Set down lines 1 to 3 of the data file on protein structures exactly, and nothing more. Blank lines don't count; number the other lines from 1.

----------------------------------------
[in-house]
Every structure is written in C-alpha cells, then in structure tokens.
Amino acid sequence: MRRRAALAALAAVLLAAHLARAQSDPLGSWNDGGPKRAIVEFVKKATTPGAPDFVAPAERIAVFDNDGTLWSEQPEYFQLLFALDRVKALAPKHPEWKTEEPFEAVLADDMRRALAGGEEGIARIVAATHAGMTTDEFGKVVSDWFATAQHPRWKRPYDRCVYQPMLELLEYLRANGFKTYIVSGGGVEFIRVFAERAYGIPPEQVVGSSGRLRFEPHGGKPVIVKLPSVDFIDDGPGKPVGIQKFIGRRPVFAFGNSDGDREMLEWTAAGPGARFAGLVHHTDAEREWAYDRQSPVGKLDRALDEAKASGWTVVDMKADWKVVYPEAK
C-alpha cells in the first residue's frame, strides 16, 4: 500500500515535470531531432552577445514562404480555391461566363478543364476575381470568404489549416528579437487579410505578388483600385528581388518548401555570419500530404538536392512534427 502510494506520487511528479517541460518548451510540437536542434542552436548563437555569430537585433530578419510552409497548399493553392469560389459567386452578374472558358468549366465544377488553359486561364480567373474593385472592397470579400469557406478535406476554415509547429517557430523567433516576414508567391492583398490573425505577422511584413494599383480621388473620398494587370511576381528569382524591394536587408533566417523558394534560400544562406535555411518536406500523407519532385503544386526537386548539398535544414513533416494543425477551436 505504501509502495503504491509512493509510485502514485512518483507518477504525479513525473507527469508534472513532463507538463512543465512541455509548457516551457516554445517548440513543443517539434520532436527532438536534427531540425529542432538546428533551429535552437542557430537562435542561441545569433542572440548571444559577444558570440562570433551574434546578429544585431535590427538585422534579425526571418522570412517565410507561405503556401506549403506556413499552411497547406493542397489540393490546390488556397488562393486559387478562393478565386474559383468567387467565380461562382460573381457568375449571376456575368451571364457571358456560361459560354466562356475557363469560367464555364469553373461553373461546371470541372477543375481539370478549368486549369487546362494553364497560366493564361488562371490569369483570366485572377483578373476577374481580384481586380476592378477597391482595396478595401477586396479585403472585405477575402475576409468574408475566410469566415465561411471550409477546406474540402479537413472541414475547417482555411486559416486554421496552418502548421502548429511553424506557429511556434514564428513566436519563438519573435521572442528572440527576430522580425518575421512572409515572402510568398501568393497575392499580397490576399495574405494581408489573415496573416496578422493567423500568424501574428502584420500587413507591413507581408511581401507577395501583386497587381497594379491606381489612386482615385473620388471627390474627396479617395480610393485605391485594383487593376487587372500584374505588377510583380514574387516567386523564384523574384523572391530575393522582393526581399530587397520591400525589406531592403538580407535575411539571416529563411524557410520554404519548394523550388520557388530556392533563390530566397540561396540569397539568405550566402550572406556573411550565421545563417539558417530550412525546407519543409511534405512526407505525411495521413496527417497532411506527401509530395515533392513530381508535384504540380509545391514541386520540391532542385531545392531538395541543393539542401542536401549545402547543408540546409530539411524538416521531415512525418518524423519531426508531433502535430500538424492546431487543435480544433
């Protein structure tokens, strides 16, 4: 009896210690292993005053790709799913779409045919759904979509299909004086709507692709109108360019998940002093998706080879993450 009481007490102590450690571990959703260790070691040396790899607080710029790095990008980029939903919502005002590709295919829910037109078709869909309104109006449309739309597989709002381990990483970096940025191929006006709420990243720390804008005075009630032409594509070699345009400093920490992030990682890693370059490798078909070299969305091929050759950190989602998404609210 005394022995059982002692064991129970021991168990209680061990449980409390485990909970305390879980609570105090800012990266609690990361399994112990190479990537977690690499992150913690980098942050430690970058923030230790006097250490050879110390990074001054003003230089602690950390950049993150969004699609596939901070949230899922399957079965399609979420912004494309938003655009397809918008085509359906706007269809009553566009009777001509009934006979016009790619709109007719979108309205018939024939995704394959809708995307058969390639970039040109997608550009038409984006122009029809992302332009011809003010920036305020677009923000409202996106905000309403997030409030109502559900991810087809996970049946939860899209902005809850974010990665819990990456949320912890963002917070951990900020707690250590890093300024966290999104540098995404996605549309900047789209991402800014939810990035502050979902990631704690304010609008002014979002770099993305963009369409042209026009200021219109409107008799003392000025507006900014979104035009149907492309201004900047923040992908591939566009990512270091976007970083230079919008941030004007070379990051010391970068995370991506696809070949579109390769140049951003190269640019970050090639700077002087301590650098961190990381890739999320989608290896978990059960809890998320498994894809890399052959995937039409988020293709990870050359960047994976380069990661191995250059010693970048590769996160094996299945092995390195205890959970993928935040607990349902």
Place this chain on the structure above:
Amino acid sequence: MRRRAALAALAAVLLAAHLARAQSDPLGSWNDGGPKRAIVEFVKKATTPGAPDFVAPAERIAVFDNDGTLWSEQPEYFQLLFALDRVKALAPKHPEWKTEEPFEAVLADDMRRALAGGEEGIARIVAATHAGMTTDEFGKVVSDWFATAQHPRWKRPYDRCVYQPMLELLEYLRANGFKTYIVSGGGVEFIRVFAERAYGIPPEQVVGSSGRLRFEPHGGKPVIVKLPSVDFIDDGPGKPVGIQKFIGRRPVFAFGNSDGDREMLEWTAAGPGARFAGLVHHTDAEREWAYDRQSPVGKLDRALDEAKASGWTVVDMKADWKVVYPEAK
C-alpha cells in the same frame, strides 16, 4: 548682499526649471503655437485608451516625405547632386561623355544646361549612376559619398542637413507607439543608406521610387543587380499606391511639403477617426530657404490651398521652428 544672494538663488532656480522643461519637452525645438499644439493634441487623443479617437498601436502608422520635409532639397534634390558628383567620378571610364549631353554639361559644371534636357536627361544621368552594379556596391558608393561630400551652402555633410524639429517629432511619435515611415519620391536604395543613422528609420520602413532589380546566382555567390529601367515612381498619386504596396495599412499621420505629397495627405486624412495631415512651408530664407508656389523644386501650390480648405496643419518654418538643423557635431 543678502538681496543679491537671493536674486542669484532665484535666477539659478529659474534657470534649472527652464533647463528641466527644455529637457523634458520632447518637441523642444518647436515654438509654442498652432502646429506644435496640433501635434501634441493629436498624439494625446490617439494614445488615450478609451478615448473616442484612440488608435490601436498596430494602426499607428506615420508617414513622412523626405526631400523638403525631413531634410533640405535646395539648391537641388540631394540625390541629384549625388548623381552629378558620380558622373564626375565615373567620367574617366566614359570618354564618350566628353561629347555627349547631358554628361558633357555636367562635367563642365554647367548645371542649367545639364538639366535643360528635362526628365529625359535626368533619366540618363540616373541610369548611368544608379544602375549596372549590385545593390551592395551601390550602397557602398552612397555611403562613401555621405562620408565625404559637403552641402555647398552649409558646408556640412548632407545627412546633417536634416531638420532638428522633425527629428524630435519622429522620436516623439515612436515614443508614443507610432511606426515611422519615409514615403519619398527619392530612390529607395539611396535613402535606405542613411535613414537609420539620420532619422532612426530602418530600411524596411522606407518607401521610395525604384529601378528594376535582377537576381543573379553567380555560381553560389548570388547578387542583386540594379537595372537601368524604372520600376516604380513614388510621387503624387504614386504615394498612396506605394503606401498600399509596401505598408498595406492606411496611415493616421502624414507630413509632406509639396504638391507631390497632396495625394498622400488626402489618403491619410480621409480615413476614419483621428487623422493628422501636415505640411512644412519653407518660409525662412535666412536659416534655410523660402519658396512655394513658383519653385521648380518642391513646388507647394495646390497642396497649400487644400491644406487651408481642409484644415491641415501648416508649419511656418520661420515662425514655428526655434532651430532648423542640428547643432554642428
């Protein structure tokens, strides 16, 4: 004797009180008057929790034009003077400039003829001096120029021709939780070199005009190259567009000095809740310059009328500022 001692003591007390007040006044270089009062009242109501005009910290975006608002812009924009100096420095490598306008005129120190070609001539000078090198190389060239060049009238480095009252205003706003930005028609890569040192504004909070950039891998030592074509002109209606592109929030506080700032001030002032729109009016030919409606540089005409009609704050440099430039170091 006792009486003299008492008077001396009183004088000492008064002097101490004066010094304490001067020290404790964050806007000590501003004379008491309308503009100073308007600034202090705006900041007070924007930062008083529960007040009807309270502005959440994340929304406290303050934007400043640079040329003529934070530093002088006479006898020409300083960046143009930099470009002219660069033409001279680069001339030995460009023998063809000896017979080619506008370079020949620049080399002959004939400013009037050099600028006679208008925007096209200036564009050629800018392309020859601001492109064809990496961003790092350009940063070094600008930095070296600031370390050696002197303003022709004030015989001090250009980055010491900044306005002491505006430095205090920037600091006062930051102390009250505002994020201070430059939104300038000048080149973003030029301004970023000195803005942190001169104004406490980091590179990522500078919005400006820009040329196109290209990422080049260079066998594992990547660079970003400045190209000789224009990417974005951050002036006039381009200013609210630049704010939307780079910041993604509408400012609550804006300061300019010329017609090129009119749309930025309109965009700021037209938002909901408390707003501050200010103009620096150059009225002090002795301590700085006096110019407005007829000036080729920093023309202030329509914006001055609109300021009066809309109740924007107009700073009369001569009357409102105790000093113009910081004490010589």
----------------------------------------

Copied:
[in-house]
Every structure is written in C-alpha cells, then in structure tokens.
Amino acid sequence: MRRRAALAALAAVLLAAHLARAQSDPLGSWNDGGPKRAIVEFVKKATTPGAPDFVAPAERIAVFDNDGTLWSEQPEYFQLLFALDRVKALAPKHPEWKTEEPFEAVLADDMRRALAGGEEGIARIVAATHAGMTTDEFGKVVSDWFATAQHPRWKRPYDRCVYQPMLELLEYLRANGFKTYIVSGGGVEFIRVFAERAYGIPPEQVVGSSGRLRFEPHGGKPVIVKLPSVDFIDDGPGKPVGIQKFIGRRPVFAFGNSDGDREMLEWTAAGPGARFAGLVHHTDAEREWAYDRQSPVGKLDRALDEAKASGWTVVDMKADWKVVYPEAK